If you've ever wondered why some people perform better at work than others, the answer lies in how they spend their time, says Morten Hansen, author of the book "Great at Work."
Though we've all heard the phrase "work smarter not harder," Hansen conducted a five-year study of more than 5,000 managers and employees to determine exactly how top workers maximize both their time and performance.
His research yielded seven "work smarter practices" that will help you become more successful while also doing less:
When you work smart, you select a small set of priorities and hone in on those chosen areas, writes Hansen. Then, you must obsess over those tasks in order to produce high-caliber work.
Hansen found in his research that top performers do less volume of activities but with a more concentrated effort. He adds that this insight overturns conventional thinking, which focuses solely on doing less.
"Choice is only half of the equation," writes Hansen. "You also need to obsess."
We're often told to do what we love. Sure enough, Hansen found that people who are passionate about their jobs generally perform better. However, he also came across people whose passions led them astray, which is why he says the advice "follow your passion" can be dangerous.
Hansen suggests taking a different approach: Find roles that contribute value to your organization and society. By doing so, he says that you will match your passion with a sense of purpose.
"The matching of passion and purpose, and not passion alone, produced the best results," writes Hansen.
Experts advise people to break down "silos" within an organization, build larger professional networks, collaborate more and use digital tools to communicate more effectively and get work done. "Well, my research shows that convention to be dead wrong," writes Hansen.
In fact, top performers collaborate less. "They carefully choose which projects and tasks to join and which to flee," he writes. "They channel their efforts and resources to excel in the few chosen one [and] they discipline their collaboration."
Hansen adds that to be a top performer, you must deliberately choose which "cross-unit projects" to get involved in, and say no to less productive ones.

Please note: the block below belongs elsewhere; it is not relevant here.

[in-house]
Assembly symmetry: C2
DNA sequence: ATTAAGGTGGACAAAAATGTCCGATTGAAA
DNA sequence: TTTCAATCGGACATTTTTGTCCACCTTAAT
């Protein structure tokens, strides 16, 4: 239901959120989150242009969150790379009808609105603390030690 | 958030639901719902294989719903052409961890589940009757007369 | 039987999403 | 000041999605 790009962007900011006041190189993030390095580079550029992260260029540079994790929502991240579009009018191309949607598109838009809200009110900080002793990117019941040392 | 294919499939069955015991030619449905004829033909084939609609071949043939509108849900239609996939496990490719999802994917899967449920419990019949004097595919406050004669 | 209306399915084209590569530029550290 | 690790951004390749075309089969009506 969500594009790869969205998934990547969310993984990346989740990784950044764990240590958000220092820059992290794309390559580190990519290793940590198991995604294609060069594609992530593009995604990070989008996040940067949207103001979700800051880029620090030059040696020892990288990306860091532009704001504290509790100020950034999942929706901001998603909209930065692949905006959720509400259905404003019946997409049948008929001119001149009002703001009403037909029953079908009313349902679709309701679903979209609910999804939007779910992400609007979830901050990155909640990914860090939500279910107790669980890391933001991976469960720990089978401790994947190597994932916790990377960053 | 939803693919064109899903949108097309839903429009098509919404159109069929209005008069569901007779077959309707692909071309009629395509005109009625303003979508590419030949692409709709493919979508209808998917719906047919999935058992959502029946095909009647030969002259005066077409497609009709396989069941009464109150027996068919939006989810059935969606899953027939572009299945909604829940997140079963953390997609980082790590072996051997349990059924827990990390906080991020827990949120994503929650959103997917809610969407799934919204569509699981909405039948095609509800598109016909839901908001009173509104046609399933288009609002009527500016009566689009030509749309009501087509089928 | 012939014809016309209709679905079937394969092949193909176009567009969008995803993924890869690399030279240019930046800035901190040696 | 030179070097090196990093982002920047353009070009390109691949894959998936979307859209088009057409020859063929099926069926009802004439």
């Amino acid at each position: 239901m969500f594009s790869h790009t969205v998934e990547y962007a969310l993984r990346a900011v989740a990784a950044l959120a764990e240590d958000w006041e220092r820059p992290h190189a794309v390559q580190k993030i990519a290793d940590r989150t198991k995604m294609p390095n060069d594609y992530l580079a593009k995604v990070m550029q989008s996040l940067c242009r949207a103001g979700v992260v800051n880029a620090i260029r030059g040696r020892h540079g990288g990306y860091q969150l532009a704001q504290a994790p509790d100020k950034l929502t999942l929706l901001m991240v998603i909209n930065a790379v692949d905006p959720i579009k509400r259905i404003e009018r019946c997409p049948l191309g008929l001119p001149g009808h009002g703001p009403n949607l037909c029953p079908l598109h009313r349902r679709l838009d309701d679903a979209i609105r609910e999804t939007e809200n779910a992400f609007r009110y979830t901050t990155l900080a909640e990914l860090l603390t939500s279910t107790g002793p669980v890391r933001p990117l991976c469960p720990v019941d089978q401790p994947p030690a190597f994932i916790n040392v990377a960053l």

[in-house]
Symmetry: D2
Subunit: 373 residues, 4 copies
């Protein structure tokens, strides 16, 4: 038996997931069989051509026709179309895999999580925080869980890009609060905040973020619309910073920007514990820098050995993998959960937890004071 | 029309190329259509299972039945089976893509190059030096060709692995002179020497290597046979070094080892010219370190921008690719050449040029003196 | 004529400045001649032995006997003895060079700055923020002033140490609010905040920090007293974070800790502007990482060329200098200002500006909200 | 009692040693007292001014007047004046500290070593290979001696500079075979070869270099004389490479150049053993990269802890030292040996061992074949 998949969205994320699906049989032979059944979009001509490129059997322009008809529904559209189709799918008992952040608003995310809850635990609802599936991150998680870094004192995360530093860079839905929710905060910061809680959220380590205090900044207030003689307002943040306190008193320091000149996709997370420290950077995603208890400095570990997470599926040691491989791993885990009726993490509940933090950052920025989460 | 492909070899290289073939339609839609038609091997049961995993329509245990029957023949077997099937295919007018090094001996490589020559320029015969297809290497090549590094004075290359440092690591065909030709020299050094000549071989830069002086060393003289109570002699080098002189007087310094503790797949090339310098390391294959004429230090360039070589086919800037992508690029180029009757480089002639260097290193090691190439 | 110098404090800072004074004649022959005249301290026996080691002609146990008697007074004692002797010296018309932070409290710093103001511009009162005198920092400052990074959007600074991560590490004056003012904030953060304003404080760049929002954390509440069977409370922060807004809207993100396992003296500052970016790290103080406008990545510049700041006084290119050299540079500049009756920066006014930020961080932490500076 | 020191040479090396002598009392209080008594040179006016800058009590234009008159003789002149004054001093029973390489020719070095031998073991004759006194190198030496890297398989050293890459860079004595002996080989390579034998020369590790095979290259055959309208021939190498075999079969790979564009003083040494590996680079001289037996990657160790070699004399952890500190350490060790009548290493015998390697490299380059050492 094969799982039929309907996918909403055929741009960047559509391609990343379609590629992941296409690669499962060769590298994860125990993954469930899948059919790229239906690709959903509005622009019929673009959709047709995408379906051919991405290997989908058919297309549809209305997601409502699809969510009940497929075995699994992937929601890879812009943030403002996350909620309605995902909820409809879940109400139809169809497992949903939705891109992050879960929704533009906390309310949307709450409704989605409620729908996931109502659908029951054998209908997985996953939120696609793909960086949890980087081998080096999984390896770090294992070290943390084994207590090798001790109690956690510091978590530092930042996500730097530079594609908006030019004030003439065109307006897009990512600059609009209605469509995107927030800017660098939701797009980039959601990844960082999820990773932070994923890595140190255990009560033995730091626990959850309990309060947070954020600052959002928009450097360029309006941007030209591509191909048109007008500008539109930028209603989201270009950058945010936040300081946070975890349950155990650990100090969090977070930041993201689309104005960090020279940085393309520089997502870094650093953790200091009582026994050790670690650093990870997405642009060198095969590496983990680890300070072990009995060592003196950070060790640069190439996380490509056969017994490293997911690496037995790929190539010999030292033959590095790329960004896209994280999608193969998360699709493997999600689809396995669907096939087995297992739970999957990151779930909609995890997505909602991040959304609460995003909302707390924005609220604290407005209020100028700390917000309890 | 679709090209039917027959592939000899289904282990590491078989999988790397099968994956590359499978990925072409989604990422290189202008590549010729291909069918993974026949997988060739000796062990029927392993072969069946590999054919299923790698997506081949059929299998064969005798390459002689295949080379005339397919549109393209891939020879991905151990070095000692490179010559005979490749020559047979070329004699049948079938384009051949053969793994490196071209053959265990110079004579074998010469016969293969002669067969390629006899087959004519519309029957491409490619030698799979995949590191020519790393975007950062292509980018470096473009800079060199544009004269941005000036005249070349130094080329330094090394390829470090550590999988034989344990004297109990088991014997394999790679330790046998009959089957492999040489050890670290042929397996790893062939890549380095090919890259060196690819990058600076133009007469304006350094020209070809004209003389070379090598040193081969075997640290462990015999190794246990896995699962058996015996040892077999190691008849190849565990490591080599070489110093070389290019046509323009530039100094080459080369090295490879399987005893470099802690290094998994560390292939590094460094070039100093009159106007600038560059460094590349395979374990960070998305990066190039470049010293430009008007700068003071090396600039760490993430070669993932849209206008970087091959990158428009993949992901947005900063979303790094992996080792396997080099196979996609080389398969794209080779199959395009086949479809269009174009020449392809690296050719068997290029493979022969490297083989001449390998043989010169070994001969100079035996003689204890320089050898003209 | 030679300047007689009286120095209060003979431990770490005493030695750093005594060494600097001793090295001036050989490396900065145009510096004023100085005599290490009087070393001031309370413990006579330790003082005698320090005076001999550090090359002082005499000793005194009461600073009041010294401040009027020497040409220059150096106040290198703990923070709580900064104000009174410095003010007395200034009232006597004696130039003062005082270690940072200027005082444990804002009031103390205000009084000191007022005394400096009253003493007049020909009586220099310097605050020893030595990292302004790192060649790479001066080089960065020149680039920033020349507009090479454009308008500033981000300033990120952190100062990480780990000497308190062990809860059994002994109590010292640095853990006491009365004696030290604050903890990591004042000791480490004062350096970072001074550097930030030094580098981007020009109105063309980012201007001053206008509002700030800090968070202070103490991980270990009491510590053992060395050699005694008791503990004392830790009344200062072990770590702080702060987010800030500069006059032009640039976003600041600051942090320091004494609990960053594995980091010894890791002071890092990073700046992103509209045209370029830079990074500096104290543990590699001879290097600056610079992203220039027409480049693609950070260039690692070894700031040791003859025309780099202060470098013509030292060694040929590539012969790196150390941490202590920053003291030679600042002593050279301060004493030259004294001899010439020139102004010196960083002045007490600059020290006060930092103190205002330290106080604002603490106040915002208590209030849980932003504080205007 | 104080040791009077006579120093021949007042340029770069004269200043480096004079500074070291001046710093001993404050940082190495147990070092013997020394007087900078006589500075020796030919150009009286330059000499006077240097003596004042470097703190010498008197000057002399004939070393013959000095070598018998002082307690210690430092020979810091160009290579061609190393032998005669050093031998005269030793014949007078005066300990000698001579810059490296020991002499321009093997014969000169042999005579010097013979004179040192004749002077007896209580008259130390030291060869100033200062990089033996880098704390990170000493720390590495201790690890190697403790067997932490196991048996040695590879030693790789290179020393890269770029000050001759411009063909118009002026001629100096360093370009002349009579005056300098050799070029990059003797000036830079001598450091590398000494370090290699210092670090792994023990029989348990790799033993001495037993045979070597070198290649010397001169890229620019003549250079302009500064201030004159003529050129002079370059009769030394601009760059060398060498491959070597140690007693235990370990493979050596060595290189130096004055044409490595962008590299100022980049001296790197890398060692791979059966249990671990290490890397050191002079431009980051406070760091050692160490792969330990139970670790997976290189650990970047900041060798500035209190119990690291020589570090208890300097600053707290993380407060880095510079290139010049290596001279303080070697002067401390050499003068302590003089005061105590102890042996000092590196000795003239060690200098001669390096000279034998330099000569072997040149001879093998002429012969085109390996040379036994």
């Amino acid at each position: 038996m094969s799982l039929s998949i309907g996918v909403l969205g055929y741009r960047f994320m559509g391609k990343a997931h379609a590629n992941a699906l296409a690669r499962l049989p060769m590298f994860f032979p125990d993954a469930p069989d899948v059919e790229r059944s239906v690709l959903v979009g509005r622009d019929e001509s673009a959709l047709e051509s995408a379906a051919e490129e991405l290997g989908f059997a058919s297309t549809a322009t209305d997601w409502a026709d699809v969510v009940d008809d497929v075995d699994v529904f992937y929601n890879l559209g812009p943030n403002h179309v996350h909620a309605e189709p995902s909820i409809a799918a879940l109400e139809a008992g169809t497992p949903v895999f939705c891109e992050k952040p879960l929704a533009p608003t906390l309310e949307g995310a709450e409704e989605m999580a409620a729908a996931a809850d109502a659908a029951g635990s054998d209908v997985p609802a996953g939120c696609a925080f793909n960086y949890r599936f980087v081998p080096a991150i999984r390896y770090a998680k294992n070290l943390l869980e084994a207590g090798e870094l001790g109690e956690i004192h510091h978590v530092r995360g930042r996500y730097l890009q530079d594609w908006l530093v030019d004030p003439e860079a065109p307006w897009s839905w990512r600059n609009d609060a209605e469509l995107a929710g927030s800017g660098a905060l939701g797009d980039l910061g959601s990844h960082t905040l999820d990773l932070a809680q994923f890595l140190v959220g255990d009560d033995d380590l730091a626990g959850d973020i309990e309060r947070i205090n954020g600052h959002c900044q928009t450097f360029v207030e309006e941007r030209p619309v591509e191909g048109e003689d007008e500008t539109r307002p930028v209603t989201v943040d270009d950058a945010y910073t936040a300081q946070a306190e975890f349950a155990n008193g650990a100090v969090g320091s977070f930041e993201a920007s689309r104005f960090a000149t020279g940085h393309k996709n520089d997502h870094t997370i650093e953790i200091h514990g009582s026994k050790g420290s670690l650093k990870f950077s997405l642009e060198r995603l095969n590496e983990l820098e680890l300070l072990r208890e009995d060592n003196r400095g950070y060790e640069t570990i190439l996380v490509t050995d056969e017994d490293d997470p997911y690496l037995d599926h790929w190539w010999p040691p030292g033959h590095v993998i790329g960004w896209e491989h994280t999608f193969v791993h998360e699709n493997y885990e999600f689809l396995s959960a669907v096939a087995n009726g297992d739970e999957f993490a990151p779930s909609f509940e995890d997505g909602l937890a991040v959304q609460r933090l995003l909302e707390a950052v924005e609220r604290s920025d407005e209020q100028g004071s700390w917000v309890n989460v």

High-performing employees and managers follow what Hansen calls a "learning loop." These workers use activities like meetings or presentations as learning opportunities. They also rely on "informal, rapid feedback from peers, direct reports, and bosses," Hansen writes.
The researcher notes that the top learners in his study didn't master their skills by working "crazy hard" and repeating the same habits over and over. "Instead, they worked smart by focusing on the quality of each of the loops when learning at work," says Hansen.
"Getting our work done hinges on our ability to gain support from others, including bosses, subordinates, peers, colleagues in other departments and partners," writes Hansen. These people control the resources that we need such as information, expertise or money.
To get access to these resources, you must be able to advocate for your goals and be adept at working with people from various departments, says Hansen. "Just explain the merits of the case using logic and data, and others will rise up in support," he writes.
While team meetings are a crucial part of teamwork, most of them are ineffective, writes Hansen. An ineffective meeting or a poor meeting is one that doesn't resolve key issues and it rarely has final results.
"One perverse consequence of all those ineffective meetings is that they lead to even more meetings," writes Hansen, which creates a cycle of wasteful meetings. Hansen suggests utilizing smarter team meetings "where people debate rigorously and commit to decisions."
A redesign is about changing how you work, but Hansen warns that not all redesigns generate better results. When redesigning your workflow, he advises that you focus on one that delivers more value for the same amount of work done.
To evaluate the value of your work, you must measure how much others benefit from it. "Others" can refer to your boss, your office, your customers or your department, explains Hansen. The benefits can take on various forms such as helping to create new products or devising a better method for getting things done.
"To produce great value at work is to create outputs that benefit others tremendously and that is done efficiently and with high quality," writes Hansen.
— Video produced by Jonathan Fazio
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